Also, Marx Library and Satori Coffee are offering free cups of joe on Tuesday, December 10 and Wednesday, December 11 from 5pm-until to help you get through those intense study sessions. Bring your own cup or mug and fill up! The coffee will be located outside of Room 171.
Finally, if you need a study break, take a few and read one of the awesome short stories from the collections located in the 1st floor display case. Short Story - Big Plot
As you all have probably noticed, construction has begun at the Marx Library.
The Reference Department, in an attempt to keep our students and faculty
aware of what is happening and when, has created a separate Marx Library Construction Blog. Each week we
will speak with the foreman of the construction crew and find out what
is going to happen that next week. We will then post updates here.
The idea is to let y'all know when there might be construction noise or
any disruption to normal library noise levels, entrances, parking, etc.
We would like to keep any inconvenience to our students and faculty to a
This holiday season, the Marx University Library is
sponsoring the 2nd annual Will Read for Food donation drive benefiting the Bay
Area Food Bank.Please bring your
non-perishable food items to the Circulation Desk on the first floor of the Marx
University Library.The library will be
collecting non-perishable food donations from Monday, November 4 - Monday,
December 2, 2013.Last year, the library
collected 389 pounds of non-perishable food.Let's work together to improve our collection total and provide our
community's less fortunate a wonderful holiday season.
In addition to non-perishable food donations being
collected at the Marx University Library, we will also pick-up food donations
from academic departments.If you prefer
this option, please contact either Muriel Nero (email@example.com ) or Elizabeth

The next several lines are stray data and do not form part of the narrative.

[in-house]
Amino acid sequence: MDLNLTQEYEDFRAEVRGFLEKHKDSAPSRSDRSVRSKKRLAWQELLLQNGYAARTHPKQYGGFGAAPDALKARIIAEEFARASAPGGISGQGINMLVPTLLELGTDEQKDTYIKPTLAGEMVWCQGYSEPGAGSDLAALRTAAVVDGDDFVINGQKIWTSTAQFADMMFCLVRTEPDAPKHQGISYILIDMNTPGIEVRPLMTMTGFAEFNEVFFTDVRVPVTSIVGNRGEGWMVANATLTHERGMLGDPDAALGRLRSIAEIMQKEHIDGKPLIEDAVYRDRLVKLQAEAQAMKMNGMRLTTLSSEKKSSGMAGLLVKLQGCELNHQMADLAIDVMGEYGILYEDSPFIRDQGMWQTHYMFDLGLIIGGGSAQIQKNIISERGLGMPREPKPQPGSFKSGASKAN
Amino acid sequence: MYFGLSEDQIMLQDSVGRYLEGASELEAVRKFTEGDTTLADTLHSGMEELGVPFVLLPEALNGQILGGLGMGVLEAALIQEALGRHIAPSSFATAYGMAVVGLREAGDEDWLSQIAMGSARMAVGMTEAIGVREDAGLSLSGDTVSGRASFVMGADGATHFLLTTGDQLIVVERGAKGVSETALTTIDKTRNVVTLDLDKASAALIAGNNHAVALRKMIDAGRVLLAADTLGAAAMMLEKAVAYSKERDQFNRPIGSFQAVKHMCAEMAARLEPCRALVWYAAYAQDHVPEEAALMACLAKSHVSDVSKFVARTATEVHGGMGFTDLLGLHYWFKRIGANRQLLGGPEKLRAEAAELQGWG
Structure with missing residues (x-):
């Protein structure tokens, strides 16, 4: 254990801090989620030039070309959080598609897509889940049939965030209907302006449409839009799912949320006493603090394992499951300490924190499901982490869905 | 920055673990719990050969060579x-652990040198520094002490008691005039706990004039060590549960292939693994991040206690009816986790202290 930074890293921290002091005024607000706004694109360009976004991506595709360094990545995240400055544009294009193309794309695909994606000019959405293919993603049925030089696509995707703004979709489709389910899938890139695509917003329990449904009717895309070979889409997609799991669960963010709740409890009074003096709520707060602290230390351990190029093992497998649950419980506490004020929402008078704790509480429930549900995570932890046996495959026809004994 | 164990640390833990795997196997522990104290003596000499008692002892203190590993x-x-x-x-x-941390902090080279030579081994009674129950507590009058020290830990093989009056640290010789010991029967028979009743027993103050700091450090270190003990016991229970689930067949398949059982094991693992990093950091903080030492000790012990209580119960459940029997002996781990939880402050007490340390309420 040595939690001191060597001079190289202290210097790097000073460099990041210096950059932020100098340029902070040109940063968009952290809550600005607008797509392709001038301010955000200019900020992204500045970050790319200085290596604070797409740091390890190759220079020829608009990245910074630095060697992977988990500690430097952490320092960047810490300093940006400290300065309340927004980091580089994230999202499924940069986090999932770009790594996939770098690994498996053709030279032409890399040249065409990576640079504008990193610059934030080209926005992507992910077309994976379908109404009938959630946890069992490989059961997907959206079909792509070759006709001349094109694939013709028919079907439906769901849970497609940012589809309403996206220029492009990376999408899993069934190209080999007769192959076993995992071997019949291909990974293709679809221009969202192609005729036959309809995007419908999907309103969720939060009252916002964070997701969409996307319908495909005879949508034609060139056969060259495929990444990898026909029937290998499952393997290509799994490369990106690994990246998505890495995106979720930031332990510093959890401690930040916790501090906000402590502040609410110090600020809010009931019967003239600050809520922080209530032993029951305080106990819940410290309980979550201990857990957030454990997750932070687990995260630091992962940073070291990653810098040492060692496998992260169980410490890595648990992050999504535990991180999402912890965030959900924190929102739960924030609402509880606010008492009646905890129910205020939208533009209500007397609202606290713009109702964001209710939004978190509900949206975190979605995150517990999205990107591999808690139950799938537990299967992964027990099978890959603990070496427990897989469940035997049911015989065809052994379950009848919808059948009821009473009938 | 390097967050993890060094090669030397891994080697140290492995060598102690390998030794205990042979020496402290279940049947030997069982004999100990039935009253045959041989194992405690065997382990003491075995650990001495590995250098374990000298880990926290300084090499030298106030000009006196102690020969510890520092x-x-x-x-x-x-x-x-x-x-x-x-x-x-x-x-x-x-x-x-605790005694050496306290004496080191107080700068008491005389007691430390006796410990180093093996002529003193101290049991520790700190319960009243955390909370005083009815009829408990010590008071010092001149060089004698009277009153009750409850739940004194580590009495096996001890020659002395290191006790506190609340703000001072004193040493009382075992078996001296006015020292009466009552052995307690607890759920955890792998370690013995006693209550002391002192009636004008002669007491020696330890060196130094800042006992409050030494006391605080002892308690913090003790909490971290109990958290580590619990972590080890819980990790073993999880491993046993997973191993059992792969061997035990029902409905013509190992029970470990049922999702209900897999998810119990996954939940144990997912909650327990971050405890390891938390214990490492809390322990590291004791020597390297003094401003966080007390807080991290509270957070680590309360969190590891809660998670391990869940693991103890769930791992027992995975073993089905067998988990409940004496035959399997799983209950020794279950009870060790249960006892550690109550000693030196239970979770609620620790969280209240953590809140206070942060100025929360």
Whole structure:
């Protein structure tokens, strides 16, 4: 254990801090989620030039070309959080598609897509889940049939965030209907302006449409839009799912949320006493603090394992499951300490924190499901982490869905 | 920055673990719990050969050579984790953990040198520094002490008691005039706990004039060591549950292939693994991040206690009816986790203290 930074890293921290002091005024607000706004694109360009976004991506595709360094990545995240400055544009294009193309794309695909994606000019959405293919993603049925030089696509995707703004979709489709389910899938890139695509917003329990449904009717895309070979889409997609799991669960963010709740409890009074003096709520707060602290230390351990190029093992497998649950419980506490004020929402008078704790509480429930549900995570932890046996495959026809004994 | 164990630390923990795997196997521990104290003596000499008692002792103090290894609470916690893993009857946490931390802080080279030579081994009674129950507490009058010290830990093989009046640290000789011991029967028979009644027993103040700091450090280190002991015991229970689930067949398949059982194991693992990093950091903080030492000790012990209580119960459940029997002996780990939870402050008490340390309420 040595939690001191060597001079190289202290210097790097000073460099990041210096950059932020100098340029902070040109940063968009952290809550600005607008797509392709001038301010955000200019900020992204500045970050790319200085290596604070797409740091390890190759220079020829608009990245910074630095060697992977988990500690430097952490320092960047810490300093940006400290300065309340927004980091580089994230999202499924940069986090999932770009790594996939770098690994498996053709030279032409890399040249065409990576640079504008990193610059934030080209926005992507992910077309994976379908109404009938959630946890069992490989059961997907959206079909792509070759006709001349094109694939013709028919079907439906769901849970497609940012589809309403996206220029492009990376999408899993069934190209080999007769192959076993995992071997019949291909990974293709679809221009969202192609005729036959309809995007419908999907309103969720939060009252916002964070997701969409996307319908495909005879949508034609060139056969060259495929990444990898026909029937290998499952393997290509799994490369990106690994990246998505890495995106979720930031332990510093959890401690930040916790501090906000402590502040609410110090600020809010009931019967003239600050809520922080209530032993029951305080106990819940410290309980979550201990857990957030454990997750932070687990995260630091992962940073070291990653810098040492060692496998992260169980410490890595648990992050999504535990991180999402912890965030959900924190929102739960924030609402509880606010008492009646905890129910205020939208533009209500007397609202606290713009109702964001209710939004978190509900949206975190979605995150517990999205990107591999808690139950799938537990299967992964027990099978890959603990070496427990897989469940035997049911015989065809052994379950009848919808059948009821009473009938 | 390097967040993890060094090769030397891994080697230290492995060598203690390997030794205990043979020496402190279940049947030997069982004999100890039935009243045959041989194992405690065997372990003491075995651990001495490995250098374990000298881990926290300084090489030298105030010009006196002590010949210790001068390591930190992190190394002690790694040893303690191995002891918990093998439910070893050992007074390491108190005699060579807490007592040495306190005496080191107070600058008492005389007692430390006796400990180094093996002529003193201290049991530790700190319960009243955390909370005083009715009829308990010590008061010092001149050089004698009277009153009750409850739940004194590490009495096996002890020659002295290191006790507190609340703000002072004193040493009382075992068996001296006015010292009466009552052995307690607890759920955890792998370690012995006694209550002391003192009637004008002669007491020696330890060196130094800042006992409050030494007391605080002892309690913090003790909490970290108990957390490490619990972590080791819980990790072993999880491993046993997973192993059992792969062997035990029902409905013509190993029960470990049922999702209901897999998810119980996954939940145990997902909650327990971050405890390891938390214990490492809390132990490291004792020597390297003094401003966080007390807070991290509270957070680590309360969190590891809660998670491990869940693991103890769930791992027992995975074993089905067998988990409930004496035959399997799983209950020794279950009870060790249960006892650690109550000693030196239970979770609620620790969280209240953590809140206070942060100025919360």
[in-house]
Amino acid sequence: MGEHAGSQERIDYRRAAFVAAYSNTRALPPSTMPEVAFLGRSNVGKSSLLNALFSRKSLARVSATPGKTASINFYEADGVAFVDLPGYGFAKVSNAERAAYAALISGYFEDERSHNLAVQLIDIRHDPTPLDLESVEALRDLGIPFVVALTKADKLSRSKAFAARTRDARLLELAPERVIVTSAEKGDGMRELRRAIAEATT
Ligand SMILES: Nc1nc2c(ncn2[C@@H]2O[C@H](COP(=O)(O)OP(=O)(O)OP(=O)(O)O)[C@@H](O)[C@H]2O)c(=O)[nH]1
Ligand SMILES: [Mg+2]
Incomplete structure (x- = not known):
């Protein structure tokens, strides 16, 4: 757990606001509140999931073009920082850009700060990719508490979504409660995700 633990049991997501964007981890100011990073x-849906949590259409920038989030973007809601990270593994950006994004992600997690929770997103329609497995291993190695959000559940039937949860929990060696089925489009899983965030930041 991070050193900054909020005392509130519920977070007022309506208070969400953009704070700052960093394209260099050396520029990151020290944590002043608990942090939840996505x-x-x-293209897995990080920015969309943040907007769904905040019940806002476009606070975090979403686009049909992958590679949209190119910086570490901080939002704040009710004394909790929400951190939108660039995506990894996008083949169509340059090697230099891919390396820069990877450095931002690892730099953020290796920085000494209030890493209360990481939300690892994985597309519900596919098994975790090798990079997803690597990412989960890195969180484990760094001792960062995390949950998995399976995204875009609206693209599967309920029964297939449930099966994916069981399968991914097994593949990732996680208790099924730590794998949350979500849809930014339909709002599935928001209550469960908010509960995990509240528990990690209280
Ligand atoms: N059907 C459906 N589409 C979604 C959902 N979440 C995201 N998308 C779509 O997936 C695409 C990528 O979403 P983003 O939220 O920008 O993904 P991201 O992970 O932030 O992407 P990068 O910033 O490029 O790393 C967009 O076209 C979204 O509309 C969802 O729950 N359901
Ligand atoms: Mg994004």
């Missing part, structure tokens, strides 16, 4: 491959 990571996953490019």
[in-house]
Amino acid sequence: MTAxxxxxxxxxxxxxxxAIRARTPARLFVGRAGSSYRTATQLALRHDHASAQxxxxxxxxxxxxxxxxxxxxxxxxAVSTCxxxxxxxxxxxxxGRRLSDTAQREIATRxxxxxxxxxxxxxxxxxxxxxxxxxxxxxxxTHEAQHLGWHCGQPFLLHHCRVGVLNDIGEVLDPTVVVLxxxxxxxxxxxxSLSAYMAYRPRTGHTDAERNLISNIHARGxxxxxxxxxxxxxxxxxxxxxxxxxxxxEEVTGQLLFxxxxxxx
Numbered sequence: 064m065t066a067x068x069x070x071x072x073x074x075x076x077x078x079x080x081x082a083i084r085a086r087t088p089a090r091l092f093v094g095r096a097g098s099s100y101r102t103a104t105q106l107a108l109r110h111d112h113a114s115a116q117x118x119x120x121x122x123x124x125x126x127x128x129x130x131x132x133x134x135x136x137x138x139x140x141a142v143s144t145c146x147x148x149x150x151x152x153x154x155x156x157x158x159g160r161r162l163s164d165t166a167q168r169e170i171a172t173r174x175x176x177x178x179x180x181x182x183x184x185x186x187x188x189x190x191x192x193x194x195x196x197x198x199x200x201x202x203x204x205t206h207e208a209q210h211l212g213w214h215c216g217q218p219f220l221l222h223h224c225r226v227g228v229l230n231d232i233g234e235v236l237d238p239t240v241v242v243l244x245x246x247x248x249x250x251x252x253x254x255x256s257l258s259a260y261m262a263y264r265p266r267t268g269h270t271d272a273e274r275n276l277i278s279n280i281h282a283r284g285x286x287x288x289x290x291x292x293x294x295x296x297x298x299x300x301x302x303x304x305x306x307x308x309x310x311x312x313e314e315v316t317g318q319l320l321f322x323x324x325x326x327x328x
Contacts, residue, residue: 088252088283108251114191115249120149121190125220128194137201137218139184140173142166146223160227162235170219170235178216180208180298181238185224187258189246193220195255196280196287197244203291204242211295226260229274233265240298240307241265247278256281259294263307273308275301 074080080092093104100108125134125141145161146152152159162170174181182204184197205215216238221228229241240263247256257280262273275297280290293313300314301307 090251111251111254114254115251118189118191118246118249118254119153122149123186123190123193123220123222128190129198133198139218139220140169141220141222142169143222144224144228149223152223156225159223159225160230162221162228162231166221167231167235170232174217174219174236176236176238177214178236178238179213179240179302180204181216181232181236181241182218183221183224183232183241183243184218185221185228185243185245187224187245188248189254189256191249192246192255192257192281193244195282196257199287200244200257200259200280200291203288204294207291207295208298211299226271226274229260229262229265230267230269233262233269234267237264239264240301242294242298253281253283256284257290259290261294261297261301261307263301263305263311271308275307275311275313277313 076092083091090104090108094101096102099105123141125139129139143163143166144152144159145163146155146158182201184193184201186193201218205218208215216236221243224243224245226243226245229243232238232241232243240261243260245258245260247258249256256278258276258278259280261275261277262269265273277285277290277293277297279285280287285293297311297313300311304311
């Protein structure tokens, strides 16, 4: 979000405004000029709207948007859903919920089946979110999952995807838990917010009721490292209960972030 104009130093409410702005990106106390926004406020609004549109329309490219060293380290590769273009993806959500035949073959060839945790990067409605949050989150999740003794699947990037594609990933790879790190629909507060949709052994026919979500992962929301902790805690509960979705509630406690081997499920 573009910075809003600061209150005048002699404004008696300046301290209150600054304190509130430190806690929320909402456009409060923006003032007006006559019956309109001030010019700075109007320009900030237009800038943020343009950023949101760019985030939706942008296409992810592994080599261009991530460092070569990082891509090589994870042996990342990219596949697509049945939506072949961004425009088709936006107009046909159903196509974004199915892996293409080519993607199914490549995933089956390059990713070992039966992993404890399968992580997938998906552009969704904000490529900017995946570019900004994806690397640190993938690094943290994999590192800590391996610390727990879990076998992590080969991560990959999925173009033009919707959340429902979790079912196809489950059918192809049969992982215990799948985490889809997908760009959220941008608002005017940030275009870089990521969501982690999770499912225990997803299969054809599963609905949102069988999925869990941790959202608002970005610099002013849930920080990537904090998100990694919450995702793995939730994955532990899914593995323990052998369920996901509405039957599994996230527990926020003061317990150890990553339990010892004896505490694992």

Rugan (firstname.lastname@example.org) to
schedule a pick-up date for non-perishable food donations.
We would like to thank you for last year’s awesome
collection and look forward to your generosity again this holiday season.
The library will be hosting a private renaming and dedication ceremony tonight, 10/30/13, from 5-7:30 pm in the Mary Elizabeth and Charles Rodning Gallery of Art on the 3rd floor North.
Please pardon any noise or disruption that the party may cause. If you are looking for quiet study space, we would suggest a study room on the 1st, 2nd, or 4th floors. Remember, the 4th floor North is completely quiet study.
Want to live your life in color? Well, now you can.
Color printing is now available at the Marx Library!
The color printer works on the TRAC card system, and is located in the computer lab on the 3rd floor South. You can only access the color printer from the computers located in the 3rd Floor computer lab (not the thin clients).
Well, it happened.The
US government has shutdown. Let's hope you didn't have a trip planned to visit
the Smithsonian or Yellowstone today.
Due to the current government shutdown, many web based
resources may be affected, including databases used for research like ERIC at
eric.ed.gov.But don't worry you can
still access ERIC through our EBSCO provider. Although, you might run into some issues if you attempt to retrieve any ERIC documents that link to the eric.ed.gov site.
For a list of affected government agencies and services,
check out this website.
This shutdown begins October 1, 2013, and will continue
until they sort this mess out, meaning until further notice.
If you have any questions or need any assistance, please call the Reference Desk at 460-7025.
Banned Books Week is an annual event celebrating the freedom to read.
It highlights the value of free and open access to information. Banned
Books Week brings together the entire book community –- librarians,
booksellers, publishers, journalists, teachers, and readers of all types
–- in shared support of the freedom to seek and to express ideas, even
those some consider unorthodox or unpopular.
By focusing on efforts across the country to remove or restrict
access to books, Banned Books Week draws national attention to the harms
of censorship. Check out the frequently challenged books section
to explore the issues and controversies around book challenges and book
banning. The books featured during Banned Books Week have all been
targeted with removal or restrictions in libraries and schools. While
books have been and continue to be banned, part of the Banned Books Week
celebration is the fact that, in a majority of cases, the books have
remained available. This happens only thanks to the efforts of
librarians, teachers, students, and community members who stand up and
speak out for the freedom to read.
How is the Marx Library celebrating the right to read?
Check out our Banned Books Displays in the 1st floor library atrium!